Exercise and lifestyle

Based on 2 small trials that suggest benefit without harm, we suggest a program of training that includes exercises to improve leg strength, joint flexibility, and overall cardiovascular fitness.53,54  Additional lifestyle suggestions include regular walking, leg elevation when seated or in bed, avoidance of prolonged heat, weight loss if obese, and use a moisturizing cream to prevent skin dryness and breakdown.52 

Medications to treat PTS

There is low-quality evidence supporting the short term (eg, 3-12 weeks) use of rutosides, horse chestnut extract, diosmin, and defibrotide for treatment of PTS.52,55  We offer patients with moderate or severe PTS a 1-month trial of 1 of these medications, forewarning them that the treatment is of uncertain benefit and may cause minor adverse effects. Diuretics should not be used to try and reduce PTS-related edema.52 

Should anticoagulation be continued indefinitely in patients with PTS?

Theoretical reasons for indefinite anticoagulation in patients with PTS are prevention of recurrent ipsilateral DVT, which is likely to worsen PTS, and that PTS may increase the risk for recurrent VTE in general.9,52  Although we do not consider PTS to be a strong indication for indefinite anticoagulation, we suggest that the presence of moderate or severe PTS may tilt the balance in favor of indefinite anticoagulation when other risks and benefits are finely balanced.

Venous ulcer management

About 5% to 10% of patients with DVT develop severe PTS, which may include ulceration. Ulcers are often painful, resistant to treatment, and frequently recur. Ideally, patients with postthrombotic ulcers should be managed by a wound care team that includes an internist, dermatologist, wound care nurse, and vascular surgeon.52,56,57  Ulcers should be treated with compression therapy, oral pentoxifylline (a hemorheological agent that improves blood flow and oxygen delivery to tissues), wound bed dressings, antibiotics, and debridement as necessary. Leg elevation helps to reduce edema and improve ulcer healing. Even with optimal care, venous ulcers may take months to heal. We suggest assessment for surgical or endovascular interventions in patients with ulcers that fail to heal with optimal conservative management.

Endovascular and surgical treatments for PTS

Two pathophysiologic components of PTS may respond to endovascular correction: chronic iliac vein obstruction, which may be relieved by stent placement or venous bypass surgery, and saphenous vein reflux, which may be corrected by endovenous thermal ablation, foam sclerotherapy, or stripping of the refluxing vein.58-60 

Follow-up of patients with PTS

Patients with PTS should have regular follow-up to assess severity, optimize therapy, and reinforce the importance of treatment adherence.

How should residual symptoms after PE, including CTEPH, be managed?

Long-term complications of PE, which are estimated to occur in about 25% of patients, vary from mildly increased dyspnea or fatigue during exercise (“post-PE syndrome”) to severe symptoms at rest with severe pulmonary hypertension and right ventricular failure.61-66  CTEPH occurs in about 3% of patients within 2 years of symptomatic PE. We do not routinely screen patients with PE for CTEPH during follow-up, but instead, investigate those with persistent exertional symptoms (eg, breathlessness, fatigue) and those who were noted to have pulmonary hypertension or moderate right ventricular dysfunction at initial presentation. CTEPH is diagnosed on the basis of the combination of mismatched segmental perfusion defects on ventilation-perfusion scanning (and/or chronic pulmonary arterial occlusion, stenosis or webs on CT angiography) after 3 or more months of adequate therapeutic anticoagulation, with a mean pulmonary arterial pressure of 25 mm Hg or more and a pulmonary capillary wedge pressure of 15 mm Hg or less (echocardiography is a valuable initial evaluation).61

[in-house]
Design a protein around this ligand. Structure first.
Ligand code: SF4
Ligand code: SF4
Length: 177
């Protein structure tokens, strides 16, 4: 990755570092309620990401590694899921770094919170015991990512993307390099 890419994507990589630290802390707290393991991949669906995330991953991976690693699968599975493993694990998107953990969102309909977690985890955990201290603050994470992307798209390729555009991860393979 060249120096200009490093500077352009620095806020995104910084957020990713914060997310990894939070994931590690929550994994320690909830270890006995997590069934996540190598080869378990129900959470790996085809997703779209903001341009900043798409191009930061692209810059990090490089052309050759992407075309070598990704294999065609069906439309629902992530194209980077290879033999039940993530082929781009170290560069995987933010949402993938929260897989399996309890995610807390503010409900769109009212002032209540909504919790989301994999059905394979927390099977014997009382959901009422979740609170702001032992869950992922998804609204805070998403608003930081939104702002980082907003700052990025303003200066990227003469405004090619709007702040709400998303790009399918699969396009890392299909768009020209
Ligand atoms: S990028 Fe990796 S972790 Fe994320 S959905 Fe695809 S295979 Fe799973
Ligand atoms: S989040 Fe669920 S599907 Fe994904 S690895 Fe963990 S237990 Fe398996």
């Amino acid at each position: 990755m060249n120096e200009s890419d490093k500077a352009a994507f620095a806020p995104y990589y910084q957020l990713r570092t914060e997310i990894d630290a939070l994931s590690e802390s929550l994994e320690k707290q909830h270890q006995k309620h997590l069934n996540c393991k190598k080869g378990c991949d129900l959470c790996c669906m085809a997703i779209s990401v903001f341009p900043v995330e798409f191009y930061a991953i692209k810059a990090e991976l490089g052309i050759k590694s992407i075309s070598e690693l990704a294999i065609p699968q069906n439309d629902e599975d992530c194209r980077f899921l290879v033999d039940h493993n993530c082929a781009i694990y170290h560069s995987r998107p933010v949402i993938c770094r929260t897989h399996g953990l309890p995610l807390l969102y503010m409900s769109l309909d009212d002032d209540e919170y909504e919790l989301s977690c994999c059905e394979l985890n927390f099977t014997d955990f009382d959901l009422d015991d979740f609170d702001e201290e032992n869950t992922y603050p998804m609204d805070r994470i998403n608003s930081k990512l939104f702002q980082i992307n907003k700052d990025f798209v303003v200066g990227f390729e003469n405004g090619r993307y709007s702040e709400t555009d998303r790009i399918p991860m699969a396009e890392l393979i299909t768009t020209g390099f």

Surgical pulmonary thrombo-endarterectomy is the recommended treatment of patients with surgically accessible CTEPH. Patients with CTEPH should be assessed by a multidisciplinary expert team at a CTEPH center. For patients with CTEPH who are not candidates for, or do not wish to undergo, endarterectomy, balloon pulmonary angioplasty, which may require multiple sessions, should be considered. Riociguat, a soluble guanylatecyclase agonist, may benefit patients with inoperable CTEPH or persistent/recurrent CTEPH after endarterectomy. Indefinite anticoagulation is generally recommended. Self-directed or supervised exercise programs are encouraged for patients with post-PE syndrome, as they may be of benefit and are unlikely to cause harm.

Acknowledgments

The authors thank Jeffrey Weitz and the 3 Blood peer reviewers for suggestions on how to improve this article.

C.K. is supported by the Jack Hirsh Professorship in Thromboembolism. S.R.K. is supported by a Tier 1 Canada Research Chair. C.K. and S.R.K. are investigators of the CanVECTOR Network, which receives grant funding from the Canadian Institutes of Health Research (Funding Reference: CDT-142654).

Authorship

Contribution: C.K. and S.R.K. wrote the article.

Conflict-of-interest disclosure: C.K. reports receiving grant support from Bayer. S.R.K. reports receiving advisory board fees from BMS Pfizer, Sanofi, and Aspen.